It concludes that the Naïve Biased algorithm is effective for its kind of use and in the classifier for word sense disambiguation the most valuable naïve based algorithm mostly implements on the WordNet Examples of our own word which we can be considered for all kind of its own application for its own we consider all of it’s application where words are considered to be semantic context we where words are considered to be the actual meaning of the context in the real world application. In Naïve biased model we consider words to semantics of words in the same context which do exist and oppose the different meaning of such sentence. A famous example is to determine the sense of pen in the following passage (Bar-Hillel 1960): Little John was looking for his toy box. Finally, he found it. The box was in the pen. John was very happy. In this example the word pen as five meaning in real and it has an ambiguity to in different context of meaning.
Application of Word Sense Ambiguation:
There are a lot of applications needs to WSD which assist in understanding the components of text which considered to be the ambiguity level of word which needs to be guessed alright in the actual way which has already been available. Some of them will be mentioned in this section.
- Machine Translation (MT): It uses WSD for solving the ambiguity in word meaning in the sentence for getting exact translation. For example: In the English sentences, (He scored a goal) and (It was his goal in life), cannot be translated correctly without extracting the correct sense for the word (goal) because it has different senses in these sentences (Pal and 2015)
- Information Extraction (IE): WSD is used in IE and text mining for the accurate analysis of text. In general, a semantic analysis is very useful in IE because senses and synonyms play main role in it
- Content Analysis (CA): WSD is very important phase in content analysis and can help to categorize data according to user requirements and solve many problems ()
- Information Retrieval (IR): IR is one of the main real-world applications for World Sense Disambiguation. It is used for retrieving a set of documents that are semantically linked to a particular user query. The WSD help to increase accuracy of Information Retrieval
Limitations and Challenges of Word Sense Disambiguation :
There are number of challenges and limitation available for Word Sense Disambiguation we consider the chance for its own application: Here are some challenges and limitation available for research and we will discuss the remaining path of its own kind we must say we have proposed solution for these challenges and limitation:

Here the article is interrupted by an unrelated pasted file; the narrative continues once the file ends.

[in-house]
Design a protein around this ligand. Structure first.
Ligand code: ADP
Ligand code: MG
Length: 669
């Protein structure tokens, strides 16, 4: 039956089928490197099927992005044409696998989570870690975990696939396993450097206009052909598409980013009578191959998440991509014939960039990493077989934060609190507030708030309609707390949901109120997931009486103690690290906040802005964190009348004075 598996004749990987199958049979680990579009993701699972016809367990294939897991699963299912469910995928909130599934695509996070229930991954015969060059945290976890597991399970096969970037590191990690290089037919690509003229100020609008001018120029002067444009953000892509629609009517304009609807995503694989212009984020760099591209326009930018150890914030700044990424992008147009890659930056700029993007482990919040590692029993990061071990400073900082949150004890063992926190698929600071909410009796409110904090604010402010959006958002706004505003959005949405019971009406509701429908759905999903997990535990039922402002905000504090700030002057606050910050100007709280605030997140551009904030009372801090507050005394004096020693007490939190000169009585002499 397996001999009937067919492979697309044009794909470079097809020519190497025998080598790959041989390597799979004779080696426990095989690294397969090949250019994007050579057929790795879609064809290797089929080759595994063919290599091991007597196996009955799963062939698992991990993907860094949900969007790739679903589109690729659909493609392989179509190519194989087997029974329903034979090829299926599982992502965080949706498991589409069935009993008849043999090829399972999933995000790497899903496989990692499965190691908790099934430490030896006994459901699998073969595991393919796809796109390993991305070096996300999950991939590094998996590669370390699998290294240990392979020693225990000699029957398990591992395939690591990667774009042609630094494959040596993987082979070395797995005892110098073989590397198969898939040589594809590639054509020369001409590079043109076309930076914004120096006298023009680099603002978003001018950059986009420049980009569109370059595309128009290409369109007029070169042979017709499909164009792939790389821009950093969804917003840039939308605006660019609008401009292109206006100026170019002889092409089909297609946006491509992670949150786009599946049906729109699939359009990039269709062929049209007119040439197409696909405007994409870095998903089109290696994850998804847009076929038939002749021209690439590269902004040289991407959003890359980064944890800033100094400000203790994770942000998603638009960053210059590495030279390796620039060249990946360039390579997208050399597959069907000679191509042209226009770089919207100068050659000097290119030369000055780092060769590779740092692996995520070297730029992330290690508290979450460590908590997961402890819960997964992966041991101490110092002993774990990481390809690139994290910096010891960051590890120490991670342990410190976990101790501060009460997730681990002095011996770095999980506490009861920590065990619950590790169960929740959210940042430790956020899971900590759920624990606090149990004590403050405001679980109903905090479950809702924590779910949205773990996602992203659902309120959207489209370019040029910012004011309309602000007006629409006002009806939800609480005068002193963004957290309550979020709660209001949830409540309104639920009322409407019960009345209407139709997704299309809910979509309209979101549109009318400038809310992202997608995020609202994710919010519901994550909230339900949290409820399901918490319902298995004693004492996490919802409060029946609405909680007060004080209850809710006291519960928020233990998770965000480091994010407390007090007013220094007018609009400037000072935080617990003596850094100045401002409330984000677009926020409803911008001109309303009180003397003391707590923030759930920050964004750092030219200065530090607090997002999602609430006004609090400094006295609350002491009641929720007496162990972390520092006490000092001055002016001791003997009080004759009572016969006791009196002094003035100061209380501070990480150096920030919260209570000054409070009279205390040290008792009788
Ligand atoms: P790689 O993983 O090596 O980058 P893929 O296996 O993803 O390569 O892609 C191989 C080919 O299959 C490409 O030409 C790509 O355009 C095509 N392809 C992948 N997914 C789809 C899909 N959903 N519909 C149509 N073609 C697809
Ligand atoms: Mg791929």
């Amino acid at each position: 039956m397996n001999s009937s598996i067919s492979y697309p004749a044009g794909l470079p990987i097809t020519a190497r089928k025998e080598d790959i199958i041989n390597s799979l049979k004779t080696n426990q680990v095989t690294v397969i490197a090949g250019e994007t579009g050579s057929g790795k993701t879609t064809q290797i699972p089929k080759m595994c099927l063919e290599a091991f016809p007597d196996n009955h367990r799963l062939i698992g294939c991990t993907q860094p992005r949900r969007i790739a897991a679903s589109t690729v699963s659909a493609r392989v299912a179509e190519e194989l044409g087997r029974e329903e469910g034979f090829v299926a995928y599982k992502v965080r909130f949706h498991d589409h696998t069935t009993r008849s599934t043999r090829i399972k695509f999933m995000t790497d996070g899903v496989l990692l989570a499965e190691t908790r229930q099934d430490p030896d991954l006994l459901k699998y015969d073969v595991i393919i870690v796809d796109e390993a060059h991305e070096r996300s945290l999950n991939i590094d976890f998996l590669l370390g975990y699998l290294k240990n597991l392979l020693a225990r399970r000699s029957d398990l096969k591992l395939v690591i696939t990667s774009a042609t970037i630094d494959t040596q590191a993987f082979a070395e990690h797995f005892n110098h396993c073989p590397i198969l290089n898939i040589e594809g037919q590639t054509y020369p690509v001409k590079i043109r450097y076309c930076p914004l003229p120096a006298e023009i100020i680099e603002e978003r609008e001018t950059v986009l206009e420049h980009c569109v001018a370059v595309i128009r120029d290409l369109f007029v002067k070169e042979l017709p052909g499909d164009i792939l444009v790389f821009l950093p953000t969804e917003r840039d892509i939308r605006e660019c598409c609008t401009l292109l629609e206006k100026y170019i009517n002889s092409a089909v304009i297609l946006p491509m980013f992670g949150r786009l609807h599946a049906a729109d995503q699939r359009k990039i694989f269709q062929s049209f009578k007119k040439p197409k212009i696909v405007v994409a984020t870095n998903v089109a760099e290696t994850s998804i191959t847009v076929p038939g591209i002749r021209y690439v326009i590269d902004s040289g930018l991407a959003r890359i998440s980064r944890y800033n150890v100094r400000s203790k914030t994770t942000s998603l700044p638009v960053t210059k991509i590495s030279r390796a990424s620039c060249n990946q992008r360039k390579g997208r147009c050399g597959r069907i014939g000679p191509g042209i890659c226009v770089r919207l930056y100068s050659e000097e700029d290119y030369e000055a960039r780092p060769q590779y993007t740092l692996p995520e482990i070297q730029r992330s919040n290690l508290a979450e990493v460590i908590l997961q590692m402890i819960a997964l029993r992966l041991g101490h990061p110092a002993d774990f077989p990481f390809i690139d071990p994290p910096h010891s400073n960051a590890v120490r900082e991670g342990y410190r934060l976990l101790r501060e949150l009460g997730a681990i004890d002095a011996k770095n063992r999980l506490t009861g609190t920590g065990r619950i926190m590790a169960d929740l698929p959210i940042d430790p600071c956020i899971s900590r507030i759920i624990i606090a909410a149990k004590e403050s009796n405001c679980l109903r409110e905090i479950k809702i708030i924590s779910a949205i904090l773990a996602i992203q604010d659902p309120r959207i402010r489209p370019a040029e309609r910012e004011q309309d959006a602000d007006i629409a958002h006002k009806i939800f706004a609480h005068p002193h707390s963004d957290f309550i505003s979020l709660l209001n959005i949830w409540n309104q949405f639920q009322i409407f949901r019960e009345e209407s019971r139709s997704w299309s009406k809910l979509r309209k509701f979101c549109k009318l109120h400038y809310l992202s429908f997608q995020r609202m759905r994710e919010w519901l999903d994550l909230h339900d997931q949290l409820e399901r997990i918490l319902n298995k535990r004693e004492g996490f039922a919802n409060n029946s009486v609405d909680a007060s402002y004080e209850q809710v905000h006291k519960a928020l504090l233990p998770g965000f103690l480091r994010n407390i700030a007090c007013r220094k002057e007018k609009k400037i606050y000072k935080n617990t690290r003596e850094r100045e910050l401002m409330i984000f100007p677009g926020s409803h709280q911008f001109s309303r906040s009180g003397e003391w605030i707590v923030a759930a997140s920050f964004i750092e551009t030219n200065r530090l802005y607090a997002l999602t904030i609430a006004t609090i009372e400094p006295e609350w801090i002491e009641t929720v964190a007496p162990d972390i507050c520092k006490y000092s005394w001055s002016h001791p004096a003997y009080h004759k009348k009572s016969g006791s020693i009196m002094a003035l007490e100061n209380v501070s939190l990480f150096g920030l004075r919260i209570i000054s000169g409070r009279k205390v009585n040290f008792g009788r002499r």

- The definition of complete problem that some authors claim that the meaning of word is discrete.
- Sense inventory and granularity. The task depends on the applied sense of hope.
- ML algorithm community show that even most sophisticated methods which considers to be the and make sense of all along its kind. Manu other Kind of challenges we face through the daily routine because word sense disambiguation considers to disambiguate the words available in the same context. We consider the same syntax for the NLP because all the available resources of has been resolved we consider the existing limitations and challenges are considered to be the best part of it.
Future Initiative of Word Sense Disambiguation:
As in some of the research work available in the market, we consider the best way possible for all of its kind we must say we have to consider all things which we allow in the future to take initiative in word sense disambiguation considered. Moreover, as the sense distribution in the training set is pivotal to boosting the performance of WSD systems, we also present two unsupervised and language-independent methods that automatically induce a sense distribution when given a simple corpus of sentences. We show that, when the learned distributions are taken into account for generating the training sets, the 5 | P a g e performance of supervised methods is further enhanced. Experiments have proven that Train-OMatic on its own, and also coupled with word sense distribution learning methods, lead a surprised system to achieve state-of-the-art performance consistently across gold standard and languages. Importantly, we show how our sense distribution learning techniques aid Train-OMatic to scale well over domains, without any extra human effort. Number of work has already been doing and people are getting the same way we consider the future initiatives of such as we consider the name of our Urdu word sense disambiguation the work has already been done in this domain and many other things available in the research industry because many of the other task has been already accomplished.
Here we conclude the best result after examine and determine the two best algorithms of Word Sense Disambiguation and we have also discussed the applications and future initiatives related to WSD which might helpful in the near future to consider all the relevant research work has also been proved the best approach is all corpus based and knowledge based because their similarity of supervised and unsupervised we consider the best approach always in implementing word sense application in real world. We have proposed a general-purpose Naive Bayes model for measuring association between two sets of random events. The model replaced string matching in the LESK algorithm for word sense disambiguation with a probabilistic measure of gloss context overlap. The base model on average more than doubled the accuracy of LESK in Senseval-2 on both fine- and coarsegrained tracks., including open-text WSD, so as to compare with more recent Lesk variants. We would improve probability estimation and inference. Other NLP problems involving compositionality in general might also benefit from the proposed manyto- many similarity measures.
 Word Sense Disambiguation and Its Approaches by Vimal Dixit1*, Kamlesh Dutta2 and Pardeep Singh2
 Unsupervised Word Sense Disambiguation Using Neighborhood Knowledge1 Huang Heyan 1,2 , Yang Zhizhuo1,2, and Jian Ping 1,2
 Applying a Naive Bayes Similarity Measure to Word Sense Disambiguation
 Word Sense Disambiguation: Survey Study 1 Ahmed H. Aliwy and 2 Hawraa A. Tah